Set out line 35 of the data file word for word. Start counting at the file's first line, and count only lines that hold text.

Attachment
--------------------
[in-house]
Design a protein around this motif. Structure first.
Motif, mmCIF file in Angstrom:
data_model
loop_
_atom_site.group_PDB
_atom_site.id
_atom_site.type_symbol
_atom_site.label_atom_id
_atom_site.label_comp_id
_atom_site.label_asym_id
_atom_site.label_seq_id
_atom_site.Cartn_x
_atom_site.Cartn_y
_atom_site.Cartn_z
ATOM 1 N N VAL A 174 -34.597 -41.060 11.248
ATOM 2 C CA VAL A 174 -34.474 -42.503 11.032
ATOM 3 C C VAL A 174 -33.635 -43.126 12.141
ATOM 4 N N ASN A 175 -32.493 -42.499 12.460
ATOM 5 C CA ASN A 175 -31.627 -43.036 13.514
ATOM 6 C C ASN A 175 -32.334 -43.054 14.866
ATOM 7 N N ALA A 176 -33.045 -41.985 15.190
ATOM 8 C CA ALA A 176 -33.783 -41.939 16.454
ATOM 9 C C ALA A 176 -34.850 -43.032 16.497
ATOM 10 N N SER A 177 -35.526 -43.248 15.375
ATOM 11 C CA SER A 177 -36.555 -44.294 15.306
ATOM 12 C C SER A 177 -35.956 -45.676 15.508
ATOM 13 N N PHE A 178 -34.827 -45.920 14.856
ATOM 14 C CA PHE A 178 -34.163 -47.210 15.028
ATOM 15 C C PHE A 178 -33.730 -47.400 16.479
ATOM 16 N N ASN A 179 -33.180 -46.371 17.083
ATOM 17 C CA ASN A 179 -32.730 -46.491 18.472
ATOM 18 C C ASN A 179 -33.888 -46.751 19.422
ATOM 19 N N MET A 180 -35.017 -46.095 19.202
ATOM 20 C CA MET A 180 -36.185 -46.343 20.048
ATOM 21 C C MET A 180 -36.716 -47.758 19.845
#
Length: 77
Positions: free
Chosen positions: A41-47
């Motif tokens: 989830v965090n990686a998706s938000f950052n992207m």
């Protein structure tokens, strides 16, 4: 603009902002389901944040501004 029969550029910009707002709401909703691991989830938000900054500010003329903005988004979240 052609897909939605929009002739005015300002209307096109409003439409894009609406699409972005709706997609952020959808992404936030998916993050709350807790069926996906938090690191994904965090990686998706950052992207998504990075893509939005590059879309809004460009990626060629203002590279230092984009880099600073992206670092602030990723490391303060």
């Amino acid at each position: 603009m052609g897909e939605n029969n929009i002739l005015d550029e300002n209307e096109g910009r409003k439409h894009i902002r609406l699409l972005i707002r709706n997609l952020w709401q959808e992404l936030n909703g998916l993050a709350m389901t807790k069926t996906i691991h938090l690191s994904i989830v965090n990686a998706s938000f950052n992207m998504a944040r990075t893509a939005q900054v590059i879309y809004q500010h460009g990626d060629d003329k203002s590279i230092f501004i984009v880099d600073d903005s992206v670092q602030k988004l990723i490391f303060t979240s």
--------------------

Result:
ATOM 20 C CA MET A 180 -36.185 -46.343 20.048